An Almond Odyssey
Are you familiar with the term Odyssey? Think back…didn’t it have something to do with some Greek guy, a long time ago. Monsters, ships, sexy sirens on the rocks…it’s all there, somewhere in the back of your mind from high school English class, right? But Odyssey also means an adventuresome voyage, long in distance, time, and with a bit of danger sprinkled in.
Well, come mid-February I’m heading west to the California almond orchards and beyond for a long adventuresome voyage, encompassing an extraordinary story…the grandest pollination event in the universe. Bar none.
I start in Bakersfield, talking to pollination broker Joe Traynor about some of his beekeeping clients and some of the almond growers he deals with, then Gordy Wardell, the guy in charge of bees at Paramont Farms (and creator of MegaBee), the largest almond, citrus, and pomegranate grower in California (and probably the world). These folks are the 500 pound gorillas in the living room when it comes to almond pollination. We’ll talk to a several other beekeepers in Bakersfield, including Brett, Kelvin and Richard Adee…running right about 100,000 colonies this year (talk about a gorilla in the living room!)…plus anybody we can find that has a thought on pollinating almonds in the lower San Joaquin valley. I’ll be talking with both migratory operators, and some at-home-in-California beekeepers. They look at things differently, if only because the migratory folks have to deal with making sure all the pallets are clean when they load the truck, go through border ordeals just to get there, and then sit in holding yards for…days, weeks months…before the trees bloom.
The photographer with me on this adventure, Kodua Galieti, from Los Angeles, has already made the trip to Bakersfield to visit with Gordy at Paramount and look at a bunch of holding yards…take a look at the February issue of Bee Culture, and here, for an eyeful of pallets vanishing into the mist…so we’ve already got a start.
After the beekeeper visits in Bakersfield we want to get airborne and see all this from a totally different perspective. I’m looking forward to being scared to death when that plane, or maybe helicopter, turns on its side so we can look straight down. Well, maybe I am…no matter what, it should be exciting.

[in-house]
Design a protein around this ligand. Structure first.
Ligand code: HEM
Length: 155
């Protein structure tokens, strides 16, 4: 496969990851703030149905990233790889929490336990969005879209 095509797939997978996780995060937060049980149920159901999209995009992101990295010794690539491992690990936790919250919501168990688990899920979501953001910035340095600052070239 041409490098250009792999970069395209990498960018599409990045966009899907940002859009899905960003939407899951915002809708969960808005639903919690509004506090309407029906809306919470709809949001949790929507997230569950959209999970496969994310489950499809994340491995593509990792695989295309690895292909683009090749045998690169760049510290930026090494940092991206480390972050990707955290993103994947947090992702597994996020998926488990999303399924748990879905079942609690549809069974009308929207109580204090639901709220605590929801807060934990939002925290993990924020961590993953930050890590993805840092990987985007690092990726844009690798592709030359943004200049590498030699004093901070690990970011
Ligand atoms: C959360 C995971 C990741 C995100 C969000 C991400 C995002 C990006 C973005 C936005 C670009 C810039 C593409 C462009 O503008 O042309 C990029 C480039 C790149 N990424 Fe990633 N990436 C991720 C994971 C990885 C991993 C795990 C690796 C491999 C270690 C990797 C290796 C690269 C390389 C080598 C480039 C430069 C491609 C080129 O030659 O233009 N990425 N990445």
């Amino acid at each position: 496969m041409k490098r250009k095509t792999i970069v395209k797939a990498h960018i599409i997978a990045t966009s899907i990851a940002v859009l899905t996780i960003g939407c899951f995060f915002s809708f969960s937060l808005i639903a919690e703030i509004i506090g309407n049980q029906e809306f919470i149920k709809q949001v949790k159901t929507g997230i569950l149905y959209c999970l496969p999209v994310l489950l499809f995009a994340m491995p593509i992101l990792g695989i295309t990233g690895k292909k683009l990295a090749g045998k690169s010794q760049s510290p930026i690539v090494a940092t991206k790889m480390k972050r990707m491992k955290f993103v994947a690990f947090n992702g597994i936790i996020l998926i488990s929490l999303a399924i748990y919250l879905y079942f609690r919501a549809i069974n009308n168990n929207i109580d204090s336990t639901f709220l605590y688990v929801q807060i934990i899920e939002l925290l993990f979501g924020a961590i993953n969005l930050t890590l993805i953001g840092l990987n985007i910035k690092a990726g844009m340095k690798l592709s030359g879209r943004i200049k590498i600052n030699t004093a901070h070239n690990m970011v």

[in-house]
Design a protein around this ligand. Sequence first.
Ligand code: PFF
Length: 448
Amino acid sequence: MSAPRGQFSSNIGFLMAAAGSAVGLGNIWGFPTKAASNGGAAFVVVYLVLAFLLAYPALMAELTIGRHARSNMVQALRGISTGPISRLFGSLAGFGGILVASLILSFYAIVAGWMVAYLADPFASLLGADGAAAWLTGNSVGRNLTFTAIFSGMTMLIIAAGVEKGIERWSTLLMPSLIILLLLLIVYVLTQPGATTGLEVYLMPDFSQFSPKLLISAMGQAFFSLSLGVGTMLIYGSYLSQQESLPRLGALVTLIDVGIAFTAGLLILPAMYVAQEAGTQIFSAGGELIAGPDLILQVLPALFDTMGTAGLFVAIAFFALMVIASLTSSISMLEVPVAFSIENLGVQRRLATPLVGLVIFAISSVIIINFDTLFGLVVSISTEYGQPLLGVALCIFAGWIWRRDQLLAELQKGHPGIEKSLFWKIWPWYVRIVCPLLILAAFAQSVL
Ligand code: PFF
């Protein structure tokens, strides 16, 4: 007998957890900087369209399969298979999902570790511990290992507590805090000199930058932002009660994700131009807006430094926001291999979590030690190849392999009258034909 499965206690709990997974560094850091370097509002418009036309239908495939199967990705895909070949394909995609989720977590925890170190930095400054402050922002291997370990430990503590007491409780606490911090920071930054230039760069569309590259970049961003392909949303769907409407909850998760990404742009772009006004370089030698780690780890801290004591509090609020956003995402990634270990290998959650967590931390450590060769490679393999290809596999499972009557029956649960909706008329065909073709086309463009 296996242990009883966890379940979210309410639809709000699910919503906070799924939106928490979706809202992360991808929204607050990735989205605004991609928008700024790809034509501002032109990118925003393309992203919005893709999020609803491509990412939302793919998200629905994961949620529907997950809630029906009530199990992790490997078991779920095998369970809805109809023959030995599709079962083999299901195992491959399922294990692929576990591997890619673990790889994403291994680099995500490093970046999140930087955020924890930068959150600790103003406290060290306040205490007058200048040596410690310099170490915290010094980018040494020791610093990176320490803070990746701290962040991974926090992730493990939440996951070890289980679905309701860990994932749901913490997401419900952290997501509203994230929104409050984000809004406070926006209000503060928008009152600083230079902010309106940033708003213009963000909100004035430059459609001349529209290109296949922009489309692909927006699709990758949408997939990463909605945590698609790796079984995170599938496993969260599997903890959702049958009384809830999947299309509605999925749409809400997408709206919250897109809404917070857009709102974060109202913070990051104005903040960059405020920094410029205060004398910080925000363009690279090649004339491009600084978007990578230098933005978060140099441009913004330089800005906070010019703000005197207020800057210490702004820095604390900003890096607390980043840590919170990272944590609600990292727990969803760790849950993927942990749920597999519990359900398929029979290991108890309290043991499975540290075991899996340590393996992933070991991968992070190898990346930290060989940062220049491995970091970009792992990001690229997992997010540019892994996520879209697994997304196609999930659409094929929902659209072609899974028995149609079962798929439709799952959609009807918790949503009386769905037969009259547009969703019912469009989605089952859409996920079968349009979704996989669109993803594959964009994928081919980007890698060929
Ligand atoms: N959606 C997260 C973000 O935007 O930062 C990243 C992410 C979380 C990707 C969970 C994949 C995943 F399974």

After Bakersfield it’s a quick stop at Fresno for more beekeepers, and with luck a quick visit with the folks at The Pollination Connection, who do colony inspections for growers among other things, then up to Modesto to visit with the Blue Diamond growers, who have an exciting project going on where they are providing nutritious food for holding yard bees before and after pollinating almonds…nutrition is a big problem with migratory bees, and this seems one way to help. I urge you to visit the Blue Diamond site because they offer a view and a report of almond bloom and crop development in the north, central and south parts of the valley all during the season.
While in Modesto we hope to also visit with members of The Almond Board, the folks who look out for all the growers and by default, all the beekeepers, too. They fund a lot of beekeeping research, sometimes on their own, and often coupled with Project Apis m, or PAm, another group that have their fingers in a lot of pies when it comes to bees and almonds and pollination.
After Modesto it’s up to the Bay area to spend some time being extremely scattered. In Oakland there’s Ruby, one of the authors of the terrific Urban Homesteading book I reviewed here a bit ago…she teaches sustainable skills to Oakland area folks…gardening, preserving food, home repairs, raising animals like chickens and bees…and that’s where I come in. Her top bar articles here last year were pretty good, but she doesn’t have Ohio winters, so we’ll both learn something.
After Ruby, there’s family in Oakland, and then it’s over to Orland to visit Dan Cummings, who’s attached to the Almond Board, Project Apis m, and Olivarez Honey Bees, a queen and package operation, with Ray Olivarez in charge of the day to day operations, where we’ll stop too.
If things go as planned we’ll get a quick visit with Kathy Kellison on one of her Bee Friendly Farms nearby, then on to visit Randy Oliver and John Miller, the subject of the recent book The Beekeeper’s Lament, by Hanna Nordhaus…and then I head back to Cleveland and Kodua heads back to Los Angles from Sacramento on the second of March.
We plan on making regular contributions to this blog, the one at www.motherearthnews.com that will be different than this, probably even something on the BUZZ (sign up here if you haven’t already, it’s free) and then, with luck, something on facebook and maybe twitter, too. That may be a stretch…old dogs, new tricks you know.
Somehow, we’ll keep you informed if you want to come on along on the first ever Almond Odyssey. You’ll have a great time.